Formed in 1999, Swiss band BEANSIDHE has delivered their debut album, Mónt. The extreme metal band have roots from nearly every corner in metal, most firmly in death metal with strong elements of black and thrash. Will such a long wait for a first full-length album from the band show off exactly what BEANSIDHE have to offer?
Kicking off the album is instrumental title track Mónt, the track itself is just under one minute long and is a very brief and quick glimpse of the bands black metal side. Unfortunately as it leads into Spazi, the intro track proves little to no purpose being placed on the album as the two are extremely different. Spazi tears away from the black metal vibe that Mónt delivered, exposing listeners to a more melodic death metal element, and as such a short intro track, it seemed very displaced and disconnected from where the album was going to head.
As Spazi kicks in however, there is a definite vibe that can be related to bands such as AMON AMARTH and early IN FLAMES where speed is not always necessary but way each element of the track is pieced together is the most important. Whilst the track in itself however oozes with excellence with an excellent sound and a noticeable tinge to it that will make you recognise it is indeed a BEANSIDHE track, it also can appear to be very long winded at just over seven minutes with very little change throughout. One of the most noticeable things with Spazi on the other hand is that whilst it can be perceived as a melodic death metal track, it has interesting specks of influences from classic rock and metal when left to a very chord-progressive outro.
Mòrt certainly picks up behind Spazi with a slight bit more speed thrown into the mix. It definitely displays more of the thrash elements that influence the sound of BEANSIDHE’s music, it may not have the gut-punching speed that thrash can often have but it has the straight up, attitude-driven riffs. Despite being able to notice elements of different sub-genres in metal, the Swiss band manage to keep their overall sound pretty similar, making them very distinguishable.
Féras once again displays many different extractions of sub-genres, black metal and death metal being the most prominent. In some places by this point in the album, it feels as though the music has just become slightly comfortable, not necessarily a bad thing but for a debut album, the punch doesn’t stick around and for that to fall away when it’s needed most is an awful shame. The same can be said for penultimate track, Febraar.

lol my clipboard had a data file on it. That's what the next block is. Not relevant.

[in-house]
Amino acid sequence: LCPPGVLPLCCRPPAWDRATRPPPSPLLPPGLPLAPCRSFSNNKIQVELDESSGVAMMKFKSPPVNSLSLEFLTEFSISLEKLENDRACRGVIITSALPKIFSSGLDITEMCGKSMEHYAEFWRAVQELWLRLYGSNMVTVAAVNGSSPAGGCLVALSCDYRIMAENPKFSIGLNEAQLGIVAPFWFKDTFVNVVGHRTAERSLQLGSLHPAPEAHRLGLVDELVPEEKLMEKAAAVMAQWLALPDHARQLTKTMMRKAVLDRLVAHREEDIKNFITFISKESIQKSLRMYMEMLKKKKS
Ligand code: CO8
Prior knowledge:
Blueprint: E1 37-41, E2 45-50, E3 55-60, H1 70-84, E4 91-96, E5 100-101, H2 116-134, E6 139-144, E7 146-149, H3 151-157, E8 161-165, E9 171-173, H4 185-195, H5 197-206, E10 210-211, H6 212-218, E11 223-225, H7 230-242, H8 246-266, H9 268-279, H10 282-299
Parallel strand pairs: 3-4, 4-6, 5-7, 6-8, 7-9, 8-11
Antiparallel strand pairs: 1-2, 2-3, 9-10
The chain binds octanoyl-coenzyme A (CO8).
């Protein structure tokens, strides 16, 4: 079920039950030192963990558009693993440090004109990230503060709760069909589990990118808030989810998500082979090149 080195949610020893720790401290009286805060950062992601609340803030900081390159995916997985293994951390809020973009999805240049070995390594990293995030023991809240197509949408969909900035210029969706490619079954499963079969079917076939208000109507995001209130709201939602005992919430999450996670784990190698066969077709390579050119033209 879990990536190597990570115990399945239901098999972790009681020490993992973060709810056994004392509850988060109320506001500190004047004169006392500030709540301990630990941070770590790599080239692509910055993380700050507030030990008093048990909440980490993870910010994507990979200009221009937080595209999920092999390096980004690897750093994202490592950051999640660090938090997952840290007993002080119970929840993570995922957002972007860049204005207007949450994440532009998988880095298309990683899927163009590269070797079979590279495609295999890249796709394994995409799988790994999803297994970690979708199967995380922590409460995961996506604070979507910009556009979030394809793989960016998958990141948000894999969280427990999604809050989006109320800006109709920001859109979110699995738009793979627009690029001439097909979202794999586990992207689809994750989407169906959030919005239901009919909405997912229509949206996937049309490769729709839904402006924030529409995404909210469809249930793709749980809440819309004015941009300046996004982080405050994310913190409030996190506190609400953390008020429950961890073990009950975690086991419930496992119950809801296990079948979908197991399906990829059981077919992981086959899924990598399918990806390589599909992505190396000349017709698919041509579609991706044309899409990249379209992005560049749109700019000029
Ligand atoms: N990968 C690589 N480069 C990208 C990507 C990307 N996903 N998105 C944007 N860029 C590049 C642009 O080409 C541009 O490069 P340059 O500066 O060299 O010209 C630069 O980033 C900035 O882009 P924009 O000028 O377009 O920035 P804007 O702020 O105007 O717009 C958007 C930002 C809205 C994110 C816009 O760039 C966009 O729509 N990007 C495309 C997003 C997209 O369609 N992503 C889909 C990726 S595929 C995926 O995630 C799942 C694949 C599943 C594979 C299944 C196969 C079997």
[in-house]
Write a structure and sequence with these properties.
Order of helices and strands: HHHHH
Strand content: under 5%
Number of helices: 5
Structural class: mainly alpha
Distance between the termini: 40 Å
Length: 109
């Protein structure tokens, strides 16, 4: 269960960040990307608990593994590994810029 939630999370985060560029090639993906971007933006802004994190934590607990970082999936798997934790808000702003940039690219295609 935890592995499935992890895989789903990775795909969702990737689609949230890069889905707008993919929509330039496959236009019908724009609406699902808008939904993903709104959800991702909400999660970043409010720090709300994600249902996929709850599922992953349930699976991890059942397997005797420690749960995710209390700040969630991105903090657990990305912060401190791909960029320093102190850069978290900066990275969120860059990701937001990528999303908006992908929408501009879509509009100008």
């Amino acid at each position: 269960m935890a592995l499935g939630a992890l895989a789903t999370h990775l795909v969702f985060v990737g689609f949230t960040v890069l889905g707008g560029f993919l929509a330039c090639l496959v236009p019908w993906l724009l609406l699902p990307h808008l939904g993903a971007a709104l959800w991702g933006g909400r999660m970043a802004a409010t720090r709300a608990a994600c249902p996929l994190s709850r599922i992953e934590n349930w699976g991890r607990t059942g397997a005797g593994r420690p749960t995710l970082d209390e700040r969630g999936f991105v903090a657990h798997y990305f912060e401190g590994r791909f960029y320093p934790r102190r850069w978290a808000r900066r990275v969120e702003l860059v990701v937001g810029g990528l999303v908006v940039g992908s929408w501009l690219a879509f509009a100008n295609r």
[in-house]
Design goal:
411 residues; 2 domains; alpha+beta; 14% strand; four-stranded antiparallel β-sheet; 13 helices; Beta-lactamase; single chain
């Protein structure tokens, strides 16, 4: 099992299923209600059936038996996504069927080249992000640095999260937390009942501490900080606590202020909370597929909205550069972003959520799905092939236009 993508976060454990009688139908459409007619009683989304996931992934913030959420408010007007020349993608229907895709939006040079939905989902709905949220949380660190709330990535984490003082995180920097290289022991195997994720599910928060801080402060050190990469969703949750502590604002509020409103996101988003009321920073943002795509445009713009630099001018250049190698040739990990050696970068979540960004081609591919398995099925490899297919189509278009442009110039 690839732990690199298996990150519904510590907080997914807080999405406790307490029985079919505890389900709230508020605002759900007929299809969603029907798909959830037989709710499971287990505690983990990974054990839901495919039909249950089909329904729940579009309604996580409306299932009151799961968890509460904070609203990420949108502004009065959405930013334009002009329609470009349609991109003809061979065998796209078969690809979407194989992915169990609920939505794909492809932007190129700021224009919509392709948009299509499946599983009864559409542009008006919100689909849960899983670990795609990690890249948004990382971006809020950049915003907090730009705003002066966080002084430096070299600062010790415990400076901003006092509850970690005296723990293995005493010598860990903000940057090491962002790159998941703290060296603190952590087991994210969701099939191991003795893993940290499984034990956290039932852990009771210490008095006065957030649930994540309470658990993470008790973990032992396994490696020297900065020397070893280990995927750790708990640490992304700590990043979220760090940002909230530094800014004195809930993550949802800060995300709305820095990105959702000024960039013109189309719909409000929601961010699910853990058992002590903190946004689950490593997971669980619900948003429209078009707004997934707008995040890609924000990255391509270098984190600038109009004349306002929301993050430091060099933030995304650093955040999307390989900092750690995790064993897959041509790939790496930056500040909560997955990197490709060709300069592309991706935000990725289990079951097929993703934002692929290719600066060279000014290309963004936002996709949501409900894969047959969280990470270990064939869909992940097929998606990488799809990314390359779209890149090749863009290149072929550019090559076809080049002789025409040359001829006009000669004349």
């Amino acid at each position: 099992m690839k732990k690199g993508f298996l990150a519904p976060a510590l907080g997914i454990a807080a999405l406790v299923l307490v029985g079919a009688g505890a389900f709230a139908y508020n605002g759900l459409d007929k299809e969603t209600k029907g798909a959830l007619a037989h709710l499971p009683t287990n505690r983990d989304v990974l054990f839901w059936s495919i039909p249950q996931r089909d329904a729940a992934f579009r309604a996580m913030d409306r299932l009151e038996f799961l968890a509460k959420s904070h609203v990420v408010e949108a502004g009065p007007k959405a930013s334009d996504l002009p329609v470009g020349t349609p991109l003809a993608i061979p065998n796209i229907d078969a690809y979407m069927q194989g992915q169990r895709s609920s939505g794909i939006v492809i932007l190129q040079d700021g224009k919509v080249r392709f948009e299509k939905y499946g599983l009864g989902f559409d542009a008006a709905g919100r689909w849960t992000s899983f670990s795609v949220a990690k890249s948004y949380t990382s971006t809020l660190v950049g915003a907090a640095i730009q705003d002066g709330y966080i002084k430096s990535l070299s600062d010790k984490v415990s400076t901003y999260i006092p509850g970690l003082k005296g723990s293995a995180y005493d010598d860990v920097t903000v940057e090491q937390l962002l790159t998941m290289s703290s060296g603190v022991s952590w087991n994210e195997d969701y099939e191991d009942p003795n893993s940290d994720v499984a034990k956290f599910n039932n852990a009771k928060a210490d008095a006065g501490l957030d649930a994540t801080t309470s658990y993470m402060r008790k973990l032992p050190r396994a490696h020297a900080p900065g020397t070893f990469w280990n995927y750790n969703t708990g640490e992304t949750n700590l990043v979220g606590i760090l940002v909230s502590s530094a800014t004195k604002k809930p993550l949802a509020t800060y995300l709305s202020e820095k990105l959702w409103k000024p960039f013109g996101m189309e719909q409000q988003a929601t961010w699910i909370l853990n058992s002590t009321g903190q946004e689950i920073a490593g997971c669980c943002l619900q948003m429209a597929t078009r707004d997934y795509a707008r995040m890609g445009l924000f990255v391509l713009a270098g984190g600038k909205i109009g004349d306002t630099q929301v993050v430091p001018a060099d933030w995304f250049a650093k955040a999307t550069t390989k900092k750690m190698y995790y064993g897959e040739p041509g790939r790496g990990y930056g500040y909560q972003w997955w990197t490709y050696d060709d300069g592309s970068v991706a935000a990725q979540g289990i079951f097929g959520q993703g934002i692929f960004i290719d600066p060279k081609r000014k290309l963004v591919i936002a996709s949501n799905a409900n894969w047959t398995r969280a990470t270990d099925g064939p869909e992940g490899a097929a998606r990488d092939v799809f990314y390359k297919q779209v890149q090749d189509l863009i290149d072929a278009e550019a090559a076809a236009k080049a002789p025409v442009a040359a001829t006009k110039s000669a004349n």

When it comes to the closure of the album, Diàvól rolls in as the longest track on Mónt at over 10-minutes. It is very well pieced together with certain things being introduced sound-wise such as synths and orchestrated elegance, but for the closure of the album, it doesn’t feel as though it leaves its mark, especially once again for a debut album. It demonstrates talent and dedication from BEANSIDHE but from a claimed extreme metal band, the album does not live up to expectations.
Regarding Mónt as an atmospheric metal album on the other hand, it works absolutely brilliantly. There’s much room for improvement and for a band that have been around for over a decade, the expectations for a debut album are much higher and unfortunately it didn’t reach the peaks of those. The band however have clearly created a distinguishable sound, unique to them and with more fine-tuning on packing a real punch, BEANSIDHE can be onto a winner.
Mónt isn’t necessarily a bad album that should not be the case as it truly isn’t, it just unfortunately lacked the ability to really stand out and that is not to be at the fault of anyone or anything. Yet again, take away the ‘extreme metal’ label that they have been given and the Swiss band are onto something brilliant.
Mónt is set for release July 28 via Via Nocturna
Like BEANSIDHE on Facebook.